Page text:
This is a solution to problem 32 on the hard interview questions node. If you have not read the question, the following will make no sense to you:

Well, you can do it with two cameras:

If you fix the two cameras on two points on the disc right next to each other (but at the same distance from the center of the disc), then as the disc spins, one camera will observe the color changing just before the other. From this you can easily deduce which direction the disc is spinning.

But, you really only need one camera:

Start by fixing the camera on any point on the disc. As the disc spins, the camera will observe the color alternating between black and white. Now, move the camera around to allow the point the camera is observing to move clockwise with respect to the center of the disc, and note the rate the color changes. Move the camera in the other direction, and again note the rate the color changes. The slower rate indicates the direction the disc is spinning.

Perhaps, having solved a very similar problem using an actual video camera on an actual spinning disk, I took the problem too literally. But I will not let this dissuade me from offering my critique of your answers. :)

Video cameras do not record a continuous stream of motion; instead they merely take many still pictures one right after the other. For either of your answers to work, the revolutions per second of the disk must be significantly less than the frames per second of the video camera. For example, with the two-camera solution, how can you tell whether the the disk spun 1 degree clockwise or 364 degrees counterclockwise in the frame interval before the color change?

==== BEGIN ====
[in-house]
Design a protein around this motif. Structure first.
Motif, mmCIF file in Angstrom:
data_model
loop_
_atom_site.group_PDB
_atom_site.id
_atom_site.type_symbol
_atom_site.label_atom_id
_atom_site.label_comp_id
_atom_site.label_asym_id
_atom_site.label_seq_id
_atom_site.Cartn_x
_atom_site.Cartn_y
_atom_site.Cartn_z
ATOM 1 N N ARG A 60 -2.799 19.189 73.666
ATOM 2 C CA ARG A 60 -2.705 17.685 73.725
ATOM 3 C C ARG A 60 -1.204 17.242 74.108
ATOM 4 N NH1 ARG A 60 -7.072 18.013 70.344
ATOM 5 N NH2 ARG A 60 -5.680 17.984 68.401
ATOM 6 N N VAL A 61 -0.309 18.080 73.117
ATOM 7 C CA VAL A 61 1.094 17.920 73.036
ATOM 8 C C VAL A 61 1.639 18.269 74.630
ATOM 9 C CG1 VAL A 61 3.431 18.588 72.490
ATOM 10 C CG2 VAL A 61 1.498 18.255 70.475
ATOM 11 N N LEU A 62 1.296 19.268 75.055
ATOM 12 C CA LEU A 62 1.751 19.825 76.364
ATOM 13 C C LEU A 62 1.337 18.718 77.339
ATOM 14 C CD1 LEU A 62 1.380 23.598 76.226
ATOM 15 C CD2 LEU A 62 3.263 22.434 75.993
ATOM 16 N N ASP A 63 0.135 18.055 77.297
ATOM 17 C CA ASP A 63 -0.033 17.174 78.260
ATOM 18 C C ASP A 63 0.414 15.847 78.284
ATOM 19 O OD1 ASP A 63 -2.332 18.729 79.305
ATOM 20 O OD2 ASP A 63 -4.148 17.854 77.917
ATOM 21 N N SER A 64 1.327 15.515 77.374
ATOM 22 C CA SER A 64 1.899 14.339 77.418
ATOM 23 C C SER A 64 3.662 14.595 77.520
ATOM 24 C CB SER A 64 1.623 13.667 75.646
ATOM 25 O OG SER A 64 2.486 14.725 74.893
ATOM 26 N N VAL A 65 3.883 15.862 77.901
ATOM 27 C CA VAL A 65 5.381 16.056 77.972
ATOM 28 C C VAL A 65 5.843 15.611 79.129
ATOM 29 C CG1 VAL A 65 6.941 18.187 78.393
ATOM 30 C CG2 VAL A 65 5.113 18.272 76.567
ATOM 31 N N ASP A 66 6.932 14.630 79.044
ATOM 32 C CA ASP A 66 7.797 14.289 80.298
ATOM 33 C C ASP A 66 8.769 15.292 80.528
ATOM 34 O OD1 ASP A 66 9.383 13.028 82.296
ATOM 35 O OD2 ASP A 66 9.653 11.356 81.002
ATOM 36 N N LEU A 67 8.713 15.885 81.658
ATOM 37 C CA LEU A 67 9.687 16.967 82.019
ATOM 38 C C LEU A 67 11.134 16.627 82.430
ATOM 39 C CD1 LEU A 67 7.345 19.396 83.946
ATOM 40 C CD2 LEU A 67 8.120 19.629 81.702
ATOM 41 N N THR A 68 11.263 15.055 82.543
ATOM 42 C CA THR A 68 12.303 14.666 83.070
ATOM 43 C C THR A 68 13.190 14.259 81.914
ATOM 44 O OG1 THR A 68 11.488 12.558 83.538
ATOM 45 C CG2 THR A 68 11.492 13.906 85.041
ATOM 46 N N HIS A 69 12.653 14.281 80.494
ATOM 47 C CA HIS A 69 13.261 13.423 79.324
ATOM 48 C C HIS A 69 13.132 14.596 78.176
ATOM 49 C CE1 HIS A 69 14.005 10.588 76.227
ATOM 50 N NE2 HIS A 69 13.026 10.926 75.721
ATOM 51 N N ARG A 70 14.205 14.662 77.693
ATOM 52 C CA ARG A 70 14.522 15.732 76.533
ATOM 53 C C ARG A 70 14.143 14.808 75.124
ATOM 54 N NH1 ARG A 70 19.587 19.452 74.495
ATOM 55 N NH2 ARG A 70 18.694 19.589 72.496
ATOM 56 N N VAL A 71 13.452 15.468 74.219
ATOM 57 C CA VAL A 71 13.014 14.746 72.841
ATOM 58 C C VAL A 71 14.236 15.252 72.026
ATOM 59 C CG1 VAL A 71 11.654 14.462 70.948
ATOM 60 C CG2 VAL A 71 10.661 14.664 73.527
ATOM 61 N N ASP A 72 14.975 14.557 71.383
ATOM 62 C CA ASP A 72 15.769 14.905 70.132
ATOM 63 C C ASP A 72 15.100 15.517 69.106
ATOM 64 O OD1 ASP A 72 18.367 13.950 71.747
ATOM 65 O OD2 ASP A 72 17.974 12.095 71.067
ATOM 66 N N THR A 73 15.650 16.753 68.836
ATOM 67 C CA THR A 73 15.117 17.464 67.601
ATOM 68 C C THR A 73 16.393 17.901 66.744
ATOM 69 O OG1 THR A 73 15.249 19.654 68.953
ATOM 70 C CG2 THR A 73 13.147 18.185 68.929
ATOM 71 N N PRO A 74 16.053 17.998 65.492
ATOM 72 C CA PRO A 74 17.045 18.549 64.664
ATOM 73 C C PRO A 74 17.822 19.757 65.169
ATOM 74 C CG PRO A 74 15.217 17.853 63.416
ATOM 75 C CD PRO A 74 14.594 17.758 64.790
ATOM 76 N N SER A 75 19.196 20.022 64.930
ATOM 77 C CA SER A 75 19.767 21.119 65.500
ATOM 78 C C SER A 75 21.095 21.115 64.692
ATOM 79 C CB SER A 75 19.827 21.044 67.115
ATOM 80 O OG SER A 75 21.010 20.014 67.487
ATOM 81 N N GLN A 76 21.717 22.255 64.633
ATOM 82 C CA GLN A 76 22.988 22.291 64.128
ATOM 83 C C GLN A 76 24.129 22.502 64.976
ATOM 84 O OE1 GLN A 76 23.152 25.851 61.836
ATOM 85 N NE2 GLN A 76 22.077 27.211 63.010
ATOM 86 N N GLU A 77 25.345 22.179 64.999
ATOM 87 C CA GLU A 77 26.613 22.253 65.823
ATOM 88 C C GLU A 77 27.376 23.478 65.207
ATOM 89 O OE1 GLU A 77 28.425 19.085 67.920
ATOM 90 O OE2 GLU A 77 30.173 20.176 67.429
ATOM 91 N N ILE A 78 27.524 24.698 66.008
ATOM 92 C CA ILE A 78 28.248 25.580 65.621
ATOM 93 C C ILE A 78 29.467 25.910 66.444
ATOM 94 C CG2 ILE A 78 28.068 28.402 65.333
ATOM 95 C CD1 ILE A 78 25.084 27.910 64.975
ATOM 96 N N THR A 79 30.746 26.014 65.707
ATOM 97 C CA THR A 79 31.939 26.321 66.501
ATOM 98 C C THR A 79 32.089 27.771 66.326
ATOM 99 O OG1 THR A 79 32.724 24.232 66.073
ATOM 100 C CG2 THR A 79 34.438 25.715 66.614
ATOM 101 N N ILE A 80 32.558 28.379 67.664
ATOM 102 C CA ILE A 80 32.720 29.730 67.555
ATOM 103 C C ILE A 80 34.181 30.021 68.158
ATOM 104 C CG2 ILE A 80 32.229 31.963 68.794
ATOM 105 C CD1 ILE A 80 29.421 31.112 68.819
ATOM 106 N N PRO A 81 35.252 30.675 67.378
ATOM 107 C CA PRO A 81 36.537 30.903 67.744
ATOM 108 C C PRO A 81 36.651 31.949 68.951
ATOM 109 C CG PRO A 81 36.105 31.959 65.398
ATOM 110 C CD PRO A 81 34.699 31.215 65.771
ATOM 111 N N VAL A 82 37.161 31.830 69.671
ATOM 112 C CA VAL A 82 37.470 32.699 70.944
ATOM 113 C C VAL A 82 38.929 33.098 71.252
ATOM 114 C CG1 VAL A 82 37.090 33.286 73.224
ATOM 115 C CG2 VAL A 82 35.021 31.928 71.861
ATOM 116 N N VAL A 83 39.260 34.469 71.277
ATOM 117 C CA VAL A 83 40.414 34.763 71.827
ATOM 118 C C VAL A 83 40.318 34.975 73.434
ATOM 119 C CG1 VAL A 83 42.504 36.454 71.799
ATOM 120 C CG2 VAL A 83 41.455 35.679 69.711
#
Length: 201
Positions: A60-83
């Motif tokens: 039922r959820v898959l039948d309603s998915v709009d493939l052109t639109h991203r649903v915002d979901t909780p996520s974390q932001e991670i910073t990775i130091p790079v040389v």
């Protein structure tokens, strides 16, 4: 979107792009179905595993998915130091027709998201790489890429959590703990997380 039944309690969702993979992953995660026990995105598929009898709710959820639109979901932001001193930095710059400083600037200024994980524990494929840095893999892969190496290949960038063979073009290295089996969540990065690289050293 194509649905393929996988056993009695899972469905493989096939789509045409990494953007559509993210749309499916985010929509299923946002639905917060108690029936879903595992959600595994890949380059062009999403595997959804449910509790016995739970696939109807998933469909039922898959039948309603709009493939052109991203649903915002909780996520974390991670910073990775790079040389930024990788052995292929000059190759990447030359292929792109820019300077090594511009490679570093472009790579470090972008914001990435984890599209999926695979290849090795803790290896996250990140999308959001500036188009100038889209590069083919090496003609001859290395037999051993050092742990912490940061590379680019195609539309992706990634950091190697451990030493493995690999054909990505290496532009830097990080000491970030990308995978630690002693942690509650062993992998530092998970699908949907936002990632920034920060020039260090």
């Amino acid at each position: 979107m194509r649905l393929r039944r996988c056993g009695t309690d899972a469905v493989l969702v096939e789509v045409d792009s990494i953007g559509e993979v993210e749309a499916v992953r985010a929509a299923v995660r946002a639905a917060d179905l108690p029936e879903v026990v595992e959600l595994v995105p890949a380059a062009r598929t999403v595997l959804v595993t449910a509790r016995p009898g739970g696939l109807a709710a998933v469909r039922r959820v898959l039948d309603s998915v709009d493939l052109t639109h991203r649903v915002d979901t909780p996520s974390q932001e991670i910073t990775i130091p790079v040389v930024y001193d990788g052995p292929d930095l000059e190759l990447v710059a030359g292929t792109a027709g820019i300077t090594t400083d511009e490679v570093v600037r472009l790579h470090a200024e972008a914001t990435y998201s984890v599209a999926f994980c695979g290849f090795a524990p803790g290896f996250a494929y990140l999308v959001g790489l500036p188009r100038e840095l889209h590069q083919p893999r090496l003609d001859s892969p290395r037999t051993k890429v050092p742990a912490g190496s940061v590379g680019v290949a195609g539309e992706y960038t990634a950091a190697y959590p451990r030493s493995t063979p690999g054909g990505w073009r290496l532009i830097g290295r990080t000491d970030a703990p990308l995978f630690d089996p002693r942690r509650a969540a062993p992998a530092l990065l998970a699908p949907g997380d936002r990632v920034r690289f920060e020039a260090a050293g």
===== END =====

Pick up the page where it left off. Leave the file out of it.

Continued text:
For the one-camera solution, there is the additional problem that the rate of spin of the disk must be constant. But I suppose we can assume that from the wording.

As far as I know, the problem as it's worded cannot be solved no matter how many cameras you throw at it.

The question doesn't assume an ordinary video camera. In fact, it calls for a "special video camera".

If I extend the definition of camera to a more generic sense of light sensor with some sort of recording mechanism, you can get a near-continuous feed, rather than a discrete one. You can think of a single photo-transistor as a degenerate case.

In this case, you'd have to spin the disc faster than the sensing element can detect the light level, the electrons to transmit that info, a buffer to store the previous light level, a comparator to indicate a change, etc.

You'd have to be spinning the disk at ludicrous speed for that to be an issue.

In the case where continuity is an issue, you'd likely need 2 cameras near each other since you wouldn't likely be able to spin the cameras near enough to the disk speed to be able to infer direction from that.

Also, with 2 cameras, you can eliminate some buffering and increase the maximum RPM you can reliably detect.

Then again it didn't specify the camera needed to determine the direction, it only implied it... I can look at the spinning disk and determine the direction with 0 cameras for a wide range of sizes and RPMs.

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